# Dependent Sources

**Dependent Sources** are sources for which the output value *depends* on a **voltage **or **current **in the circuit. Many electronic devices behave this way where the output is dependent on voltages or currents in the circuit.

A *diamond* symbol is used to represent a **dependent source**:

The circuit shown below features a dependent *voltage source* where the voltage supplied depends on the voltage across the series resistor R multiplied by a constant a:

One thing to be careful of with dependent sources is when applying *Superposition*. When using superposition, dependent sources **cannot** **be removed** and must **always** remain in place for each circuit analyzed in turn.

Similarly dependent sources cannot be removed when determining *Thevenin* or *Norton* equivalent circuits.

## Types of dependent sources:

There are **four** types of *dependent sources* as follows:

**(a) Voltage-controlled voltage sources(VCVS)** where the **output voltage** is controlled by a *voltage* in the circuit:

**(b) Voltage-controlled current sources(VCCS)** where the **output current** is controlled by a *voltage* in the circuit:

**(c) Current-controlled voltage sources(CCVS)** where the **output voltage** is controlled by a *current* in the circuit:

**(d) Current-controlled current sources(CCCS)** where the **output current** is controlled by a *current* in the circuit:

### Examples:

**1.** Determine the output voltage of the VCVS source in the circuit below:

**2.** Determine the output current of the VCCS in the circuit below:

**3.** Determine the output voltage of the CCVS in the circuit below:

**Node Va:**Note that in the above we have a single equation with two unknowns so we need another equation to determine Va and Vb to find I3. We can apply KCL at node Vb: We can then solve for Va and substitute this back into [1] to determine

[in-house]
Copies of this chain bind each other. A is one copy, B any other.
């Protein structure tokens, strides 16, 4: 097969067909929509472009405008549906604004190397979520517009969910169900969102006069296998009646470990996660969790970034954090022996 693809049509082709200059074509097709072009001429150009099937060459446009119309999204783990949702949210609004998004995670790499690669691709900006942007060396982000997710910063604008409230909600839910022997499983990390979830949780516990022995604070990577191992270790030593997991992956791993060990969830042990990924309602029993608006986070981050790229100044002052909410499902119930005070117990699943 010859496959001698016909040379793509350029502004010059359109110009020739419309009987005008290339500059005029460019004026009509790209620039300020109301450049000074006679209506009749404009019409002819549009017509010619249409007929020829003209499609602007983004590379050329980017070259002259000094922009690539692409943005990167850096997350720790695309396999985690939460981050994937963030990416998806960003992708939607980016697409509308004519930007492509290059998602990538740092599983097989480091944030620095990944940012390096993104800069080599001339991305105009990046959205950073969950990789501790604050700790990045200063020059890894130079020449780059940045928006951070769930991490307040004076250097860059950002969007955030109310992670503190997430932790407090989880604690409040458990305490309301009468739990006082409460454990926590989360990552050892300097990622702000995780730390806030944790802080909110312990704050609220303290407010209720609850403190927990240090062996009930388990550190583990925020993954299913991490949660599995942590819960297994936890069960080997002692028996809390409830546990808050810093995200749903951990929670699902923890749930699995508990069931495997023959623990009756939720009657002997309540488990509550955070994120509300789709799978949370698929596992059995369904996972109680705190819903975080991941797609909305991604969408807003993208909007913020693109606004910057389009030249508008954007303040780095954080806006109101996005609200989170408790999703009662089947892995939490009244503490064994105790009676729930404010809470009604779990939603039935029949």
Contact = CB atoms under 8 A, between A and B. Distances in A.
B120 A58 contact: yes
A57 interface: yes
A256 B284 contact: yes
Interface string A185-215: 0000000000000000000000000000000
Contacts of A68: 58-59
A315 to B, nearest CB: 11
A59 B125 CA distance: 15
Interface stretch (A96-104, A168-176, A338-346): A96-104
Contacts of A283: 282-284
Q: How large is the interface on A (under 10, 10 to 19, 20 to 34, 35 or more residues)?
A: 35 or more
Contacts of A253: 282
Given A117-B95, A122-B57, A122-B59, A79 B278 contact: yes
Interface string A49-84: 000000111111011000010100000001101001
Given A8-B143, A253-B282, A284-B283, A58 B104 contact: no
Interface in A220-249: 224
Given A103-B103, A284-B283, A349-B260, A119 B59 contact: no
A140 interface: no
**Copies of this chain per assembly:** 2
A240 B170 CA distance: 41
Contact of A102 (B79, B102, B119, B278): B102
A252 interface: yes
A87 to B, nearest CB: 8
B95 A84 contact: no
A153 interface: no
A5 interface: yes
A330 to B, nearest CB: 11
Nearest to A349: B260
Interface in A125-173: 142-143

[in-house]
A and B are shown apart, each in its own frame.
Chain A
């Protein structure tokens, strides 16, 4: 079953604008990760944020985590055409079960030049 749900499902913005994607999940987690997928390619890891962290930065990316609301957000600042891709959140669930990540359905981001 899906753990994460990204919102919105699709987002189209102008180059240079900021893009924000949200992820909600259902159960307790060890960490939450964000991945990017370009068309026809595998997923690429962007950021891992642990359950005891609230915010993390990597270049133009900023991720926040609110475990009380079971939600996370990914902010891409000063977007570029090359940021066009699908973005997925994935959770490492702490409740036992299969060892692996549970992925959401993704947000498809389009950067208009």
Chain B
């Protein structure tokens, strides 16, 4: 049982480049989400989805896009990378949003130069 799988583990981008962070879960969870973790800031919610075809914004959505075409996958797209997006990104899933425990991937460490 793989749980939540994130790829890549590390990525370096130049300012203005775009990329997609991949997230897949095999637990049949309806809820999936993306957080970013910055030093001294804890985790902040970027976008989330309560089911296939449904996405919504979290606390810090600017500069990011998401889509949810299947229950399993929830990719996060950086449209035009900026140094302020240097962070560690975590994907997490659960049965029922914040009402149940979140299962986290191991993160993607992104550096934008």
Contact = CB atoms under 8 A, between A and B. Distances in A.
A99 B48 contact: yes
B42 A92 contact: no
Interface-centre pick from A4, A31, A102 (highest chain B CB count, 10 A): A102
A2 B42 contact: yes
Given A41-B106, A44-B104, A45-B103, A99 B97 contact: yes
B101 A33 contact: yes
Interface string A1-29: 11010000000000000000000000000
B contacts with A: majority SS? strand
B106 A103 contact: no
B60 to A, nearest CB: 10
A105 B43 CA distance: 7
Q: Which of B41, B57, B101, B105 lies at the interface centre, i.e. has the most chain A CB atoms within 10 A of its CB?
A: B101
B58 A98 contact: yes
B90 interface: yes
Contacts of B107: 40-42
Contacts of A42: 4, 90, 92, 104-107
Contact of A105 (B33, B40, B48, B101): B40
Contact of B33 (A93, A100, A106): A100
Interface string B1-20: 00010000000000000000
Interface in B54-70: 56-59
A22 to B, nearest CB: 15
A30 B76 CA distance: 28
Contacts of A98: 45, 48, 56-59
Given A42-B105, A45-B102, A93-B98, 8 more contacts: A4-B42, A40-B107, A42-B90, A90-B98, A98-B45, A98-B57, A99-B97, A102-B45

**Vb**:

**4.** Determine the output current of the VCCS in the circuit below:

**KCL**at

**node a**and solve for

**voltage a**: Hence the output current is -202mA, i.e. the current is flowing

**downwards**(opposite direction to our arrow assignment).

### Questions:

** 1. **Determine the output voltage of the VCVS source in the circuit below:

#### Answer

** 2. **Determine the output current of the VCCS source in the circuit below:

#### Answer

## Lab:

Is there a way to model dependent sources in LTSpice? Good news, the answer is yes! So let's see how that works.

Let's consider a simple circuit which uses a VCVS such as the one below:

How can we model this in LTSpice? Let's begin by placing down the components we know from past experience:

So far so good, but how do we now places that VCVS? One answer is by taking a look through the component viewer and stumbling upon this component:

Whoa, what just happened? What are we looking at here? Well it turns out we get a 4 terminal device where the two terminals at the top are to be connected to the **voltage **we **depend on **which in this case is effectively the** voltage across R1.**

We then need to specify the "Value" field which denotes the gain of the dependent source which let's say is 2, i.e. a=2.

We can then measure the voltage across the dependent source to be 10V.